Energy Efficiency

Energy-Efficient Windows – A Smart Investment

According to the U.S. Department of Energy, leaky and inefficient windows, skylights and doors account for up to 25 percent of the average household's energy bills. Some sources estimate as high as 40 percent. A lot depends on where you live... cold climates lose energy in the form of heat & hot climates lose energy in the form of cooling.

The colder or hotter the climate, the greater are your heating or cooling costs as well as expanded potential for saving money on energy costs. Nearly everyone can benefit by replacing leaky, inefficient windows with modern energy-efficient windows. Depending on your location, you can cut energy costs by as much as 15 percent. Replacing all of any home's windows can be a big investment, but the upside is that doing so often pays for itself in just a few years. Details on how listed below:

Improved Curb Appeal & Increased Resale Value

The recent Cost vs. Value Report (a combined effort by Remodeling Magazine and REALTOR® Magazine), indicated that homeowners can expect to recoup about 93 percent of their investment on vinyl or wood window replacements.

  • Reduces heating and/or cooling costs saving you money every year
  • Increases the comfort of your home
  • Can qualify you for rebates and tax incentives - Federal Energy Tax Credit which provides up to $1,500 for any efficiency improvements made to your home. (Save your sales order or NFRC label from the window and check for rebates and tax incentives in your area.)

To learn more about the many benefits of energy-efficient windows, visit the Efficient Windows Collaborative. The window selection tool on this site helps determine an approximate change in annual energy use given your home type, window type and geographic region.


ENERGY STAR® is a joint program of the U.S. Environmental Protection Agency (EPA) and the U.S. Department of Energy (DOE). Its mission is to help us all save money and protect the environment through energy-efficient products and practices. EPA and DOE set strict energy-efficiency guidelines for ENERGY STAR qualified products. In 2007 alone, ENERGY STAR helped Americans save more than $16 billion on their utility bills. For more information on ENERGY STAR qualified products, visit

To become ENERGY STAR qualified, windows, doors and skylights must be independently tested and certified by the National Fenestration Rating Council and labeled according to ENERGY STAR climate zones. Manufacturers like Milgard® (an ENERGY STAR partner) tailor the components of their windows to work most efficiently where you live.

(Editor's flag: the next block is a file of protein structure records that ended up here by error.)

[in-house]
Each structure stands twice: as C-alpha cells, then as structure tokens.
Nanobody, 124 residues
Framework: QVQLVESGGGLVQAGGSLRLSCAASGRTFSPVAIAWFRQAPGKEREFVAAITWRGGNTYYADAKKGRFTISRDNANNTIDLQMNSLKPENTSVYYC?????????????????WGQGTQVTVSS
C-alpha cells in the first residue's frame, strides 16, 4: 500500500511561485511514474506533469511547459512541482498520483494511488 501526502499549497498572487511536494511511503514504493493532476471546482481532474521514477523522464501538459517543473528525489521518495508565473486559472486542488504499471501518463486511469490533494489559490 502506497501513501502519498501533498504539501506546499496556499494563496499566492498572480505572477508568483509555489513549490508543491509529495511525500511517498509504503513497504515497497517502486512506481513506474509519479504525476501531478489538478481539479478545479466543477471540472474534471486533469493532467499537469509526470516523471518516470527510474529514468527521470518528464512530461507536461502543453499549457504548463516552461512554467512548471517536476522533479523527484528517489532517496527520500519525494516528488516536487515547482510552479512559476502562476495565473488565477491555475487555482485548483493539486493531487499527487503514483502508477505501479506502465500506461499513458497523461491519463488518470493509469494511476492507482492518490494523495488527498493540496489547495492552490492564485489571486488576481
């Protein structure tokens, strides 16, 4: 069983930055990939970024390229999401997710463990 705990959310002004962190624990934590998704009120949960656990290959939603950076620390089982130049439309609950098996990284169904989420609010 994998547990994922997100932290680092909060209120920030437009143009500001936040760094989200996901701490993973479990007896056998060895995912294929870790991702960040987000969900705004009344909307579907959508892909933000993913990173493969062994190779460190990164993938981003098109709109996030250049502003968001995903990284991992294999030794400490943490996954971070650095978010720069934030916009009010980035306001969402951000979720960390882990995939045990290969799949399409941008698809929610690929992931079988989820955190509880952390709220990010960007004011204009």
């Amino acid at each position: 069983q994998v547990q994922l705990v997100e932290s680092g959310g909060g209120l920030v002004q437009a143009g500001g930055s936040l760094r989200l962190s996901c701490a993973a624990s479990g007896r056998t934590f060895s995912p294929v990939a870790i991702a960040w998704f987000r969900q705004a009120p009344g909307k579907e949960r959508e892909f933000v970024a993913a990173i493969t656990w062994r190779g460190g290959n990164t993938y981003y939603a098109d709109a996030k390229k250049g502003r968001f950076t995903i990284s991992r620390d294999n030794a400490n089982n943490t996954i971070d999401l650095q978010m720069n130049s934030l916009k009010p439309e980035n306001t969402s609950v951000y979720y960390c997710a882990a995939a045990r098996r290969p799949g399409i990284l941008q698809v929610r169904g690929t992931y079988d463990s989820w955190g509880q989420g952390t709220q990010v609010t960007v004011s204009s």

Take Advantage of the new 2009 Federal Tax Credits - President Obama revised the tax credit with the American Reinvestment and Recovery Act of 2009, signed into law on February 17. These revisions supersede the previous tax credit issued for 2009. Windows, doors, and skylights must now have a U-factor and Solar Heat Gain Coefficient (SHGC) less than or equal to 0.30, regardless of climate zone.

Other Tax Credits, Rebates and Offers – Many states and other governmental bodies, utilities and organizations offer rebates, tax credits and other special offers when you buy ENERGY STAR qualified products. Use the Special Offer/Rebate Finder on this page to see what's available in your area.

ENERGY STAR is a registered trademark of the U.S. government.

What to Look For - Components of an Energy-Efficient Window

What's an energy-efficient window? Most will have at a minimum:

  • Double-pane insulated glass
  • Heat-resistant (Low-E) glass coating
  • Airtight frames
  • ENERGY STAR® rating

Three Dimensions of Energy Efficient Window Design-An energy-efficient window is a synergy of its components. At Milgard®, we call this the "three dimensions of energy efficient window design." Here's what you should look for in each of the three dimensions: glass, spacer and frame.

Frame - One of the important considerations you need to make is frame material. Two of the more energy efficient frame materials are vinyl and fiberglass. They do a particularly good job of reducing heat transfer and contributing to insulation value. Your ultimate decision on which of these to use may be based on aesthetics and cost. In making your selection, be sure to look for vinyl or fiberglass frames that have been specifically engineered for performance. For instance, both can be designed with chambers within the frame that enhance strength, noise reduction and insulation value.

Glass - Dual-pane designs use an air- or gas-filled space between two panes of glass. This insulates much better than a single pane. Special Low-E coating on the glass blocks infrared light to keep heat inside in the winter and outside in the summer. It also filters damaging ultraviolet light (UV) to help protect interior furnishings from fading.

Spacer - A spacer keeps a window's dual glass panes the correct distance apart for optimal airflow between panes. Too much or too little airflow can affect the insulating glass efficiency. The design and material of the spacer also can make a big difference in the ability to handle expansion and contraction and thus reducing condensation.